In 1528, Anne showed real interest in religious reform and may have gave some of her ideas to Henry, and gaining the hatred of some members of the Court. The legal argues about the marriage of Henry and Catherine of Aragon continued on. Anne was no doubt frustrated by the lack of progress. Her famous anger and tongue showed themselves at times in famous arguments between her and Henry for all the court to see. Anne feared that Henry might go back to Catherine if the marriage could not be annulled and Anne would have wasted time that she could have used to make an advantageous marriage. Sometime near the end of 1532, Anne finally gave way and by December she was pregnant. To avoid any questions of the legitimacy of the child, Henry was forced into action. Sometime near St. Paul’s Day, Anne and Henry were secretly married. Although the King’s marriage to Catherine was not dissolved, in the King’s mind it had never existed in the first place, so he was free to marry whomever he wanted. On May 23, the Archbishop officially proclaimed that the marriage of Henry and Catherine was invalid. Anne later on recognized that it was urgent that she produce a son. By January of 1534, she was pregnant again, but the child was either miscarried or stillborn. In 1535, she became pregnant again but miscarried by the end of January. The child was reported to have been a boy. The Queen was quite upset, and blamed the miscarriage on her state of mind after hearing that Henry had taken a fall in jousting. She had to have known at this point that her failure to produce a living male heir was a threat to her own life, especially since the King’s fancy for one of her ladies-in-waiting, Jane Seymour, began to grow. Although Anne gave birth to a girl named Elizabeth, she got executed since she could not produce a male heir so he can come after the king.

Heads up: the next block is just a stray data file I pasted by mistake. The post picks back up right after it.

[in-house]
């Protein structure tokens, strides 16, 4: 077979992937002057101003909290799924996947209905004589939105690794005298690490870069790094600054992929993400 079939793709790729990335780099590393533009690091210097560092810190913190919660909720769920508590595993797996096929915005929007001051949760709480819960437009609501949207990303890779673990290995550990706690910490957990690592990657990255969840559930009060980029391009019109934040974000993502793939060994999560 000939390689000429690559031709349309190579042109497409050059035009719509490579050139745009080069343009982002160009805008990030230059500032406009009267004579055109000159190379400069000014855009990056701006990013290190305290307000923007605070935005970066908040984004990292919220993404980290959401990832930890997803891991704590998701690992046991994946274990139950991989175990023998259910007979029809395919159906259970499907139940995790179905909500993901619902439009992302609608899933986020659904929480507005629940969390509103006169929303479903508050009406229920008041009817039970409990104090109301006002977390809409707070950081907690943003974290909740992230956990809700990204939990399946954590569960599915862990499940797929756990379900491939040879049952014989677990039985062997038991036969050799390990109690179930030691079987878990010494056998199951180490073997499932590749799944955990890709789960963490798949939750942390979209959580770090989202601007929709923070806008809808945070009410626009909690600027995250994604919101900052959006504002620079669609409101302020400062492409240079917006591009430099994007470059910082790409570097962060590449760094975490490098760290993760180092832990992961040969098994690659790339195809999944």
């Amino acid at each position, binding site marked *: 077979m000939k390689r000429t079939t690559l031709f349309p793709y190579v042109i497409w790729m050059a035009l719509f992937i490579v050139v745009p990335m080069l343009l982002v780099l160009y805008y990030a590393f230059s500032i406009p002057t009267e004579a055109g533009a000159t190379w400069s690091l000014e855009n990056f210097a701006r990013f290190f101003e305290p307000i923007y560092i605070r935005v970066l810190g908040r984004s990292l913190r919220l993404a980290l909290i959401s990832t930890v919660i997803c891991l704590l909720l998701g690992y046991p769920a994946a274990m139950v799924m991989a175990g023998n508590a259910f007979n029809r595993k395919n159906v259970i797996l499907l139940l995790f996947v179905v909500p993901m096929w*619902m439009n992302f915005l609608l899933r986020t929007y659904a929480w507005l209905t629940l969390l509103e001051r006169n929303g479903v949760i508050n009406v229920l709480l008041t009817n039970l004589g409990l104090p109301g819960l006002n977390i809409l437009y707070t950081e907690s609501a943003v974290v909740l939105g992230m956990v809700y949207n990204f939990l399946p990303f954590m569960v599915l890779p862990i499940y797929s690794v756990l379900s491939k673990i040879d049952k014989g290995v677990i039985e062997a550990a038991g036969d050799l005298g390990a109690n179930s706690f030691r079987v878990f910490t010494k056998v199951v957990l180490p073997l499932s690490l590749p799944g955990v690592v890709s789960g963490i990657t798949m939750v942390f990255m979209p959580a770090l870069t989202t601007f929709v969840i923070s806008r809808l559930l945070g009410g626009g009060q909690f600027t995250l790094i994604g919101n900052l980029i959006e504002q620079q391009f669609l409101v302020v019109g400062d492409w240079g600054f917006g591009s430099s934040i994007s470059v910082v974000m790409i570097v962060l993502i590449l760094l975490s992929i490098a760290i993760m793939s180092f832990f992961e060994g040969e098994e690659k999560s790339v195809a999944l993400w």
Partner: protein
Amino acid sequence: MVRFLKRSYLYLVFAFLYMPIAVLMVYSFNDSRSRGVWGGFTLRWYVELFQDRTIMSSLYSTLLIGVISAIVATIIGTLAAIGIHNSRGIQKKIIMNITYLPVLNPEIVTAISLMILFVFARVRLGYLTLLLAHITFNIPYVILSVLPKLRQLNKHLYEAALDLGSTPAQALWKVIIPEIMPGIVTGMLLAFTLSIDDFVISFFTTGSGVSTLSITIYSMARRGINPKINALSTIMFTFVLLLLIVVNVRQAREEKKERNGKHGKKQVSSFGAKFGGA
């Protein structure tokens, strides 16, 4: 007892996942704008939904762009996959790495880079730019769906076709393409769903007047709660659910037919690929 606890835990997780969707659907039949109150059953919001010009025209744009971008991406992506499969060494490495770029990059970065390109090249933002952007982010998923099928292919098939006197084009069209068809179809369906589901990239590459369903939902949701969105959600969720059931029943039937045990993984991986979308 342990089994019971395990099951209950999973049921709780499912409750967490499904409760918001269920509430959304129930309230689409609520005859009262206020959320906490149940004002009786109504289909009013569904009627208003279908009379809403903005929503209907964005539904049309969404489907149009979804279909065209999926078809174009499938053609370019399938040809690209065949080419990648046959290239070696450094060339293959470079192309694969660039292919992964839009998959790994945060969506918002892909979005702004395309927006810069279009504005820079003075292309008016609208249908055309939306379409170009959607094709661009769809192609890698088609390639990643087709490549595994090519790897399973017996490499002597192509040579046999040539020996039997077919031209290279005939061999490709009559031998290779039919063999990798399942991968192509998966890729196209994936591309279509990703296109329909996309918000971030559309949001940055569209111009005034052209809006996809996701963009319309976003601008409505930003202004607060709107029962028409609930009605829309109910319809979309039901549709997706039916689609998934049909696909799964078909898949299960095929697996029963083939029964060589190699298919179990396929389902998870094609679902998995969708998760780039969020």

Jane Seymour- Wife # 3
In September 1535, the King stayed at the Seymour family home in Wiltshire, England. It may have been there that the king noticed Jane. Henry’s love for Jane was secretly made that no one noticed but until February of 1536. By that point, Jane probably pegged to be in a position such as the one Anne was in as a queen, and that she would love to replace her, while Henry’s unconcern in Anne was obvious. Within 24 hours of Anne Boleyn’s execution, Jane Seymour and Henry VIII were formally betrothed. On the 30th of May, Henry and Jane were married. Jane never had a coronation, unlike Henry’s previous two Queens. King Henry was waiting for Jane to prove herself by giving him a son. It was not until early 1537 that Jane became pregnant. During her pregnancy, Jane’s every whim was indulged by the King Henry was convinced that Jane, whom he felt to be his first true wife, carried his long hoped for son. In October, a prince was born at Hampton Court Palace and was christened on 15th of October. The baby was named Edward. Mary, daughter of Catherine of Aragon, was godmother and Elizabeth, daughter of Anne Boleyn, also played a role in the ceremony. Jane attended her son’s christening, although she was weak. She died on October 24th, just two weeks after her son was born.
Anne of Cleves- Wife #4